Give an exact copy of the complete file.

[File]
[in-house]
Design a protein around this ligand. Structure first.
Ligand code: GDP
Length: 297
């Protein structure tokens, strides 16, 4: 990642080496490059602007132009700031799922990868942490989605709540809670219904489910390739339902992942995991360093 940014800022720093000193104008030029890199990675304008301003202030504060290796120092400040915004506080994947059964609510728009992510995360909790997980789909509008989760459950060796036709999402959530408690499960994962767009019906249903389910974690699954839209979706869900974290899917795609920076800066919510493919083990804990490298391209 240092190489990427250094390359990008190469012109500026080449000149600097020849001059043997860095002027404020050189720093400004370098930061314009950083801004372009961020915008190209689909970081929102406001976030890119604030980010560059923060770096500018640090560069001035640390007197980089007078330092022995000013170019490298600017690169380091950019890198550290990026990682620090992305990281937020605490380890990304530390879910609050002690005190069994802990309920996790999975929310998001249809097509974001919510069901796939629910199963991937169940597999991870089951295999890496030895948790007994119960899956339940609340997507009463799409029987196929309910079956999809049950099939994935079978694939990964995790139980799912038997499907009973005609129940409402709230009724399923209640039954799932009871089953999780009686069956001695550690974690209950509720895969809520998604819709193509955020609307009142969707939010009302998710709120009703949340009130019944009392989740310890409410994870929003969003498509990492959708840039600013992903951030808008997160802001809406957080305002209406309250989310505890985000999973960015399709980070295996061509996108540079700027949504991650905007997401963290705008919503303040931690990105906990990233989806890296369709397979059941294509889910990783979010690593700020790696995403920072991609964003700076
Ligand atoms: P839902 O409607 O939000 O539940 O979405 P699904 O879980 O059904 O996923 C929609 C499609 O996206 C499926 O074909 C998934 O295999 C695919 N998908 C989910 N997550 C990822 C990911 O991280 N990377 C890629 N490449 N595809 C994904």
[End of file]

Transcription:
[in-house]
Design a protein around this ligand. Structure first.
Ligand code: GDP
Length: 297
């Protein structure tokens, strides 16, 4: 990642080496490059602007132009700031799922990868942490989605709540809670219904489910390739339902992942995991360093 940014800022720093000193104008030029890199990675304008301003202030504060290796120092400040915004506080994947059964609510728009992510995360909790997980789909509008989760459950060796036709999402959530408690499960994962767009019906249903389910974690699954839209979706869900974290899917795609920076800066919510493919083990804990490298391209 240092190489990427250094390359990008190469012109500026080449000149600097020849001059043997860095002027404020050189720093400004370098930061314009950083801004372009961020915008190209689909970081929102406001976030890119604030980010560059923060770096500018640090560069001035640390007197980089007078330092022995000013170019490298600017690169380091950019890198550290990026990682620090992305990281937020605490380890990304530390879910609050002690005190069994802990309920996790999975929310998001249809097509974001919510069901796939629910199963991937169940597999991870089951295999890496030895948790007994119960899956339940609340997507009463799409029987196929309910079956999809049950099939994935079978694939990964995790139980799912038997499907009973005609129940409402709230009724399923209640039954799932009871089953999780009686069956001695550690974690209950509720895969809520998604819709193509955020609307009142969707939010009302998710709120009703949340009130019944009392989740310890409410994870929003969003498509990492959708840039600013992903951030808008997160802001809406957080305002209406309250989310505890985000999973960015399709980070295996061509996108540079700027949504991650905007997401963290705008919503303040931690990105906990990233989806890296369709397979059941294509889910990783979010690593700020790696995403920072991609964003700076
Ligand atoms: P839902 O409607 O939000 O539940 O979405 P699904 O879980 O059904 O996923 C929609 C499609 O996206 C499926 O074909 C998934 O295999 C695919 N998908 C989910 N997550 C990822 C990911 O991280 N990377 C890629 N490449 N595809 C994904």